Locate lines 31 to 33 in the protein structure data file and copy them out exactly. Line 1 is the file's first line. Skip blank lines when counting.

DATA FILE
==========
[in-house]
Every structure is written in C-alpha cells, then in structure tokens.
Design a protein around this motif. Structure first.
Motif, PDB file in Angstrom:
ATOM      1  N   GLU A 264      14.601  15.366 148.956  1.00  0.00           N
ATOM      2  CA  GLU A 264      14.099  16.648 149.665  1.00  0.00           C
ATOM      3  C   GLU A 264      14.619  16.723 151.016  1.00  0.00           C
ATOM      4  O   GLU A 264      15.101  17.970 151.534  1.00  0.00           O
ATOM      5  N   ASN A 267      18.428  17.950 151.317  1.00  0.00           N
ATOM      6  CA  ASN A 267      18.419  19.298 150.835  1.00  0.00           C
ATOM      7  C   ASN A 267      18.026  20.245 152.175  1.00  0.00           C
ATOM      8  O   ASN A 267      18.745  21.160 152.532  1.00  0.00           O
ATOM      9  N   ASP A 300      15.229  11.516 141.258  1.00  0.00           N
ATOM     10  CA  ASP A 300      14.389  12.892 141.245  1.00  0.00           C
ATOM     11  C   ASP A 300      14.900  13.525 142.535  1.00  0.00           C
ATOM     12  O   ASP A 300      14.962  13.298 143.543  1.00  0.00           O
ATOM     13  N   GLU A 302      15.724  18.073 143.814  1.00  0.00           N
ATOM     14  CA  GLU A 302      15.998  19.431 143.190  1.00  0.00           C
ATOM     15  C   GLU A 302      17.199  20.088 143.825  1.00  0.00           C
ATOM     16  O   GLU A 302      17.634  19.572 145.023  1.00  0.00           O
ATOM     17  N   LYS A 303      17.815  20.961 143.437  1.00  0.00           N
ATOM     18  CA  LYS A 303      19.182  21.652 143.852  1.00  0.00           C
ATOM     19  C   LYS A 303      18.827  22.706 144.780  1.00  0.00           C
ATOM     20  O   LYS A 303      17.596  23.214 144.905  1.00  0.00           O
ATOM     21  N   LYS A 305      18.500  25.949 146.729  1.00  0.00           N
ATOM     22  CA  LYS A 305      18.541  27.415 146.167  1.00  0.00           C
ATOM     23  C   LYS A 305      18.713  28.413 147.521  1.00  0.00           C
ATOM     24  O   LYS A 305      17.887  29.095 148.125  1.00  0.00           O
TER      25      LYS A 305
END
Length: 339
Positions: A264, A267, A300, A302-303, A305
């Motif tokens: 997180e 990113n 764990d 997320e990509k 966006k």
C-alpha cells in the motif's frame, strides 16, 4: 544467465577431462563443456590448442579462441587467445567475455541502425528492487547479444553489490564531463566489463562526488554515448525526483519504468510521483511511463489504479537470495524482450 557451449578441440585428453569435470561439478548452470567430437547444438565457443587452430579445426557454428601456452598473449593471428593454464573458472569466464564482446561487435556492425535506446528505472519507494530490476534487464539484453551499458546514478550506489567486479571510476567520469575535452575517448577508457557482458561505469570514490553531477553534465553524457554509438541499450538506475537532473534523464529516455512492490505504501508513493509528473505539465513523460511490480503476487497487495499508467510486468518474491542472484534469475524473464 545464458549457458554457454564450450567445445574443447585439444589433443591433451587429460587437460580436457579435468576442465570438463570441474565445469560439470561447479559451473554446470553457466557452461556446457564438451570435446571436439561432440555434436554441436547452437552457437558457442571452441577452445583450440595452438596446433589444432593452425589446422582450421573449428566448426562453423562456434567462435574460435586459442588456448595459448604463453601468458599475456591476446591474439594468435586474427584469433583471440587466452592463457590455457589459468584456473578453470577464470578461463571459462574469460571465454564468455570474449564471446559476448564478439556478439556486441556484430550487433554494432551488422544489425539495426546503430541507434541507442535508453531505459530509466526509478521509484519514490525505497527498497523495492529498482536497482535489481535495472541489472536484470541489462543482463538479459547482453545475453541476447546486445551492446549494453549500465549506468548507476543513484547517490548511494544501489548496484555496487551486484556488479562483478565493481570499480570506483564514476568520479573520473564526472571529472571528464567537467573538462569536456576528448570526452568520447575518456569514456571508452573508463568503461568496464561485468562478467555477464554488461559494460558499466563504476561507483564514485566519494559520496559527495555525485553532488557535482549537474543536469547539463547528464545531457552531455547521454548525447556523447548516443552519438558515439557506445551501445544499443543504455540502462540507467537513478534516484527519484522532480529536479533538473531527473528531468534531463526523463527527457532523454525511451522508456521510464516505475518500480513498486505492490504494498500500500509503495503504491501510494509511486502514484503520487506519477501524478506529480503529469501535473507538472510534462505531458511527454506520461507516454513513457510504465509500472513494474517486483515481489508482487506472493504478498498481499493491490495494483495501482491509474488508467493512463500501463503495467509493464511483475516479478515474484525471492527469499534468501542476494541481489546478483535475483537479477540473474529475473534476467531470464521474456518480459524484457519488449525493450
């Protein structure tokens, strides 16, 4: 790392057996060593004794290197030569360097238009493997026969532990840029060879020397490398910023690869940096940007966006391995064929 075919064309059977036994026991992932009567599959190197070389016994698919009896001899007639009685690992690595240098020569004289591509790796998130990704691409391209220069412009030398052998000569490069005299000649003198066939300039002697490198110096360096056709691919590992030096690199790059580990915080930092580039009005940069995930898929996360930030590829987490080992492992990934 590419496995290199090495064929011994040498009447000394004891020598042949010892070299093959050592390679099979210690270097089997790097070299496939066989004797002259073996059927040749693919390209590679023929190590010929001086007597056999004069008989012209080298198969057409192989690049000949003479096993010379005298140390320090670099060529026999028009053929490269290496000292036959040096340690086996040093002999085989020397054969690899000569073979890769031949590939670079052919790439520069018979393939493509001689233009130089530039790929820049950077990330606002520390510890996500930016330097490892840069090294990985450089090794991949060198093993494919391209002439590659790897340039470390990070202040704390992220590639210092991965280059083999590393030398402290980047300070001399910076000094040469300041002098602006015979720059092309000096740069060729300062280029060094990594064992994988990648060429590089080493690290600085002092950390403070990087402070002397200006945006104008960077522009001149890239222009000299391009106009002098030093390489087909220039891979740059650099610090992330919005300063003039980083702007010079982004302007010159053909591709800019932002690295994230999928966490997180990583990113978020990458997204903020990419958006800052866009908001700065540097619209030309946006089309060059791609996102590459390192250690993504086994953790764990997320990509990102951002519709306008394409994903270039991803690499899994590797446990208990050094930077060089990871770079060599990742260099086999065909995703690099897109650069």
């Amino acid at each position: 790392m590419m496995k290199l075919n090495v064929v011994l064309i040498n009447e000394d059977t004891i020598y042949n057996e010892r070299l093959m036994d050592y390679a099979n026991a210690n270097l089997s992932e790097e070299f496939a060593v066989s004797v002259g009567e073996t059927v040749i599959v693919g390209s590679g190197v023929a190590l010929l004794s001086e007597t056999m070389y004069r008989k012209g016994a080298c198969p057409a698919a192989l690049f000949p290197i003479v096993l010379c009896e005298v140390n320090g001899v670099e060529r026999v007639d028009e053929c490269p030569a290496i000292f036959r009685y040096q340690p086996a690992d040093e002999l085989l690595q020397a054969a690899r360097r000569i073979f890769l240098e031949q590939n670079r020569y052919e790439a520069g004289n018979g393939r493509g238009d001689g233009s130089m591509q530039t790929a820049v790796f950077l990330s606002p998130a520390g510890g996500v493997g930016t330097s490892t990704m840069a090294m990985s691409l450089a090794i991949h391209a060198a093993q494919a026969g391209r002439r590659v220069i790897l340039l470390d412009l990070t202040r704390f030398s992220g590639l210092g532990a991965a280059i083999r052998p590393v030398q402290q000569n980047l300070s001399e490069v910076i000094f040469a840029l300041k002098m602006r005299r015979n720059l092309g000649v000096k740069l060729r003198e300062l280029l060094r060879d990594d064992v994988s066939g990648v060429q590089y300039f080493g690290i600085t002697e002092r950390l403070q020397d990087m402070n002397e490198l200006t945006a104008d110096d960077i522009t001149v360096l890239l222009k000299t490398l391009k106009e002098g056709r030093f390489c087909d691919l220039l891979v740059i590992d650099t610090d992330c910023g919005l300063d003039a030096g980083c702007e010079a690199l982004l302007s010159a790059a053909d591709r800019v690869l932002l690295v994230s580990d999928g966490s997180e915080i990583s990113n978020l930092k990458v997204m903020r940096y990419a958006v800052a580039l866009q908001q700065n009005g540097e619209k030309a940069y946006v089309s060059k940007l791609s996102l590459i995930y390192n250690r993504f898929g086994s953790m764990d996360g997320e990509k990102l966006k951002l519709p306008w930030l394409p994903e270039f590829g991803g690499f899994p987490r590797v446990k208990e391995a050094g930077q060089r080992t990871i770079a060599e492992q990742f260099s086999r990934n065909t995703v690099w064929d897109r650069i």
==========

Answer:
Length: 339
Positions: A264, A267, A300, A302-303, A305
């Motif tokens: 997180e 990113n 764990d 997320e990509k 966006k």